Middletown Mayor Stands by Governor's Budget Demands

Middletown budget facts and procedures explained

With Middletown embroiled in a budget crunch hotbed all its own, Republican Mayor Tony Fiore reacted on Tuesday night to Gov. Chris Christie’s afternoon 2012 state budget address saying he and the township can and will take the heat.

Of the mind that it’s better than a cut, hearing that municipal aid levels would stay flat pleased Fiore. Last year, he said, Middletown took roughly a $1.5 million slash in aid.

“That's right, mayors — at the exact same level as last year,” Gov. Christie said of state aid in his speech. “So there is no excuse for this relief to be eaten up with higher local taxes, between receiving no further cut in municipal aid, and implementing a 2 percent cap on property taxes."

Committed to the governor’s edict, Fiore, who is a first-time mayor, told Patch just before Tuesday’s Township Committee meeting: “We in Middletown are committed to conforming with the 2 percent property tax cap imposed by governor. The news that state aid won’t be cut (but will remain flat), helps. Because we couldn’t bear a further cut in state aid, it can’t be stressed enough that more of the governor’s tool kit needs to be passed by the state legislature to provide long term tax relief.”

At the meeting, the township’s municipal budget — that in a “worse case scenario” will give cause for a cut of 26 civil service jobs — was the topic of the night.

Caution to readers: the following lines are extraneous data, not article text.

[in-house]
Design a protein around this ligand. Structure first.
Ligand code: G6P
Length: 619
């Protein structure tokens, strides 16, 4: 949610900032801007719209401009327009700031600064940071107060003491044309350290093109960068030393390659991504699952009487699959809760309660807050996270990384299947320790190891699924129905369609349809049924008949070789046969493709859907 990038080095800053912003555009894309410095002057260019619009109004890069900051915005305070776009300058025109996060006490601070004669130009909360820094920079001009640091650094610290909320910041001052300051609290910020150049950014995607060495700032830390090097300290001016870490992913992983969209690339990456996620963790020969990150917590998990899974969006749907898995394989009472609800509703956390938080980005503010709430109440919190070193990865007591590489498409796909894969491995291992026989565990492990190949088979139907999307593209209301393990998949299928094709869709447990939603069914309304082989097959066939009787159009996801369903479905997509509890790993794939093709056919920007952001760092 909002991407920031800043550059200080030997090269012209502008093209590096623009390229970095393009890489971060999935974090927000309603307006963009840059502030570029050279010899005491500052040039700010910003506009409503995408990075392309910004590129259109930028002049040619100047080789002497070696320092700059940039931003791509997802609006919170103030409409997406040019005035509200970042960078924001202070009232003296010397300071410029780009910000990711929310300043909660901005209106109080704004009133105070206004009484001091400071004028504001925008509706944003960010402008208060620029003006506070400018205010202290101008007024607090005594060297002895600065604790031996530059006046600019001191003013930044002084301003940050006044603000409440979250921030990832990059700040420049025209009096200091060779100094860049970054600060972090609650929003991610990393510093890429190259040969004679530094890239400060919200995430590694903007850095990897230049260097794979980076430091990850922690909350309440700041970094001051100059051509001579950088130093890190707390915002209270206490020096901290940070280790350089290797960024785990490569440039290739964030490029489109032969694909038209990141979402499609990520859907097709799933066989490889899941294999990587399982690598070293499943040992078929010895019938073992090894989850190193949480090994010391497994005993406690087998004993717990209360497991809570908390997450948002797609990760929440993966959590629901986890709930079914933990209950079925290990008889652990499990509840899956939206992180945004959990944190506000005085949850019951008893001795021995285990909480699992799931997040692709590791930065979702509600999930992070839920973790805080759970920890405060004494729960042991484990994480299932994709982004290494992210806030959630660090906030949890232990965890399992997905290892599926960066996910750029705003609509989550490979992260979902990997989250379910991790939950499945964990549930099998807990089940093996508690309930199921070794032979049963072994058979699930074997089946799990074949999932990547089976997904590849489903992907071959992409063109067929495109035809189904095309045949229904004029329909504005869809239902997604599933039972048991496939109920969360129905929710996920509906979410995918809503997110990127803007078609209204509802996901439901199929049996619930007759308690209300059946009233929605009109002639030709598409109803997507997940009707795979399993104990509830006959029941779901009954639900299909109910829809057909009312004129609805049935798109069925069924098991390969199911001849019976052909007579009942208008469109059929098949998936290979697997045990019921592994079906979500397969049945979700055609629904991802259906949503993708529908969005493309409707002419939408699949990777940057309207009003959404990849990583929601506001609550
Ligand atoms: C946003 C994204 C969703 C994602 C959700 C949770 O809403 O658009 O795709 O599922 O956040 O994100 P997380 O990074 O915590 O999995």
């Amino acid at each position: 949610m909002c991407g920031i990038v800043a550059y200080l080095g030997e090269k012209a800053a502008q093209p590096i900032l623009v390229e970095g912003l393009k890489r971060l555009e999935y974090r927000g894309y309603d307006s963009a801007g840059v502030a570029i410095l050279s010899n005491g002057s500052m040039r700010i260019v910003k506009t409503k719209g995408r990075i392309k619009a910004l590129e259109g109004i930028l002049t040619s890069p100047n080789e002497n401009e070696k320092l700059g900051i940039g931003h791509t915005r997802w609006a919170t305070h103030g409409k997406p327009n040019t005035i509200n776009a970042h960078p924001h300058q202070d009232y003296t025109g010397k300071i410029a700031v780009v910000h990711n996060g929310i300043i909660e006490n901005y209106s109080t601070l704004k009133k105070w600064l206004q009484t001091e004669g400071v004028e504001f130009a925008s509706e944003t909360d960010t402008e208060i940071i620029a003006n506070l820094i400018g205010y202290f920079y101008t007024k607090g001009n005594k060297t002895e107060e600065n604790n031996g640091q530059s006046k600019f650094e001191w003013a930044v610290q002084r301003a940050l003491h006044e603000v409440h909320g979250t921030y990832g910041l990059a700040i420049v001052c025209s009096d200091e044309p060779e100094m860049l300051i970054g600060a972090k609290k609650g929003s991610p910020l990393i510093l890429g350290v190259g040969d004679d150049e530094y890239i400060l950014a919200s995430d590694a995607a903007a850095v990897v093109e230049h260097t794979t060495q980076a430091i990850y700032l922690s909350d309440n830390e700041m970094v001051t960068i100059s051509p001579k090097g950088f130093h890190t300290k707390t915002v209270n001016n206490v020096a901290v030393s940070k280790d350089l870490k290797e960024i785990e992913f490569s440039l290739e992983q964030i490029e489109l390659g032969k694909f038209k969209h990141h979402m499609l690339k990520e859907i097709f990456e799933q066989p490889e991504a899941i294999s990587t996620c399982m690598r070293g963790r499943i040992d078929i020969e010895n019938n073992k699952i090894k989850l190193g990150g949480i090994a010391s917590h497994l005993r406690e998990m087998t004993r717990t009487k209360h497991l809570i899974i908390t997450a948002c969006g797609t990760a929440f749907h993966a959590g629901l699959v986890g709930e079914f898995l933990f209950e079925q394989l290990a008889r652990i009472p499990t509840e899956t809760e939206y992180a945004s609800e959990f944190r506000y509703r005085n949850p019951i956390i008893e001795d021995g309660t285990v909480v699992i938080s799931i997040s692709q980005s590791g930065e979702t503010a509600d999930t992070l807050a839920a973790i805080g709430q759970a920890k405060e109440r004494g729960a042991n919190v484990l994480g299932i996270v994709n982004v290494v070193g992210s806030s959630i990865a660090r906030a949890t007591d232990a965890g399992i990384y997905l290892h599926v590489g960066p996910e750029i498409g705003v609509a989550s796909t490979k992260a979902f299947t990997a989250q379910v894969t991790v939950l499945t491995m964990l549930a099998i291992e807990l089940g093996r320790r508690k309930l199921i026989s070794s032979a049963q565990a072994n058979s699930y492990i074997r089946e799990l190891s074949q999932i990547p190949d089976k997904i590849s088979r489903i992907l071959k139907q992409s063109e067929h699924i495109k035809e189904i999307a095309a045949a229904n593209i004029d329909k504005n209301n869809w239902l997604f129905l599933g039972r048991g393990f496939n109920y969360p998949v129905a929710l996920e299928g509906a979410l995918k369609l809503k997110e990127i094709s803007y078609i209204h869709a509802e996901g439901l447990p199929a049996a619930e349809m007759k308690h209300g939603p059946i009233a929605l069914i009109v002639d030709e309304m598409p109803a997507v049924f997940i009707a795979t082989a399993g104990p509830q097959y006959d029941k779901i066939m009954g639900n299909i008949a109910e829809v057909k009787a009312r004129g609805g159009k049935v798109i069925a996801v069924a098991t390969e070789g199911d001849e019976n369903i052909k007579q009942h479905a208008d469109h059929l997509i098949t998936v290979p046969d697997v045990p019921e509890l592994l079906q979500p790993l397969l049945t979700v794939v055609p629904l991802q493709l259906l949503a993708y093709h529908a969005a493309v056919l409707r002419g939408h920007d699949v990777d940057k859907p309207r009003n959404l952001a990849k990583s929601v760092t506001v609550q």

With township officials asking for a meeting of minds and financial aid between the library and township to keep the budget within the governor’s 2 percent tax cap and keep municipal services at a premium, neither side budged.

Saying it’s been done in several other towns across the state, the mayor is asking for the library to compromise and repay some of its debt service to the township ($898,000) from an old bond for its renovations. The library’s present $1.2 surplus is what the mayor said was a taxpayer-funded healthy one.

His claim that it is taxpayer-funded stems from the fact that “the library is funded by the township (and the municipal tax money it collects), based on what the state mandates we pay them,” he explained. Also, while operating as a separate entity with its own board of directors, it has employees who are technically township employees. (More on the library/budget subject later on Patch.)

Of those township staff positions slated for the only-if-necessary slash are: one in each of three departments, 10 police, 13 in the Department of Parks and Recreation.

Fans of a fee-supported fitness program sponsored by the department showed up to fight for their right to enjoy exercise in the township. Fiore told them they could be jumping to unnecessary conclusions.

Feeling as if there is a lot of public misconception concerning how Middletown’s budget is prepared and who has what authority, the mayor spelled out the process in his municipality:

The township administrator, Anthony Mercantante, is technically the budget boss. He and Chief Finance Officer Nick Trasente work together work together on the facts and figures and then convey their weighed cutting recommendations to all the township department heads, who must prepare to lop off staff positions and spending in line with their projections.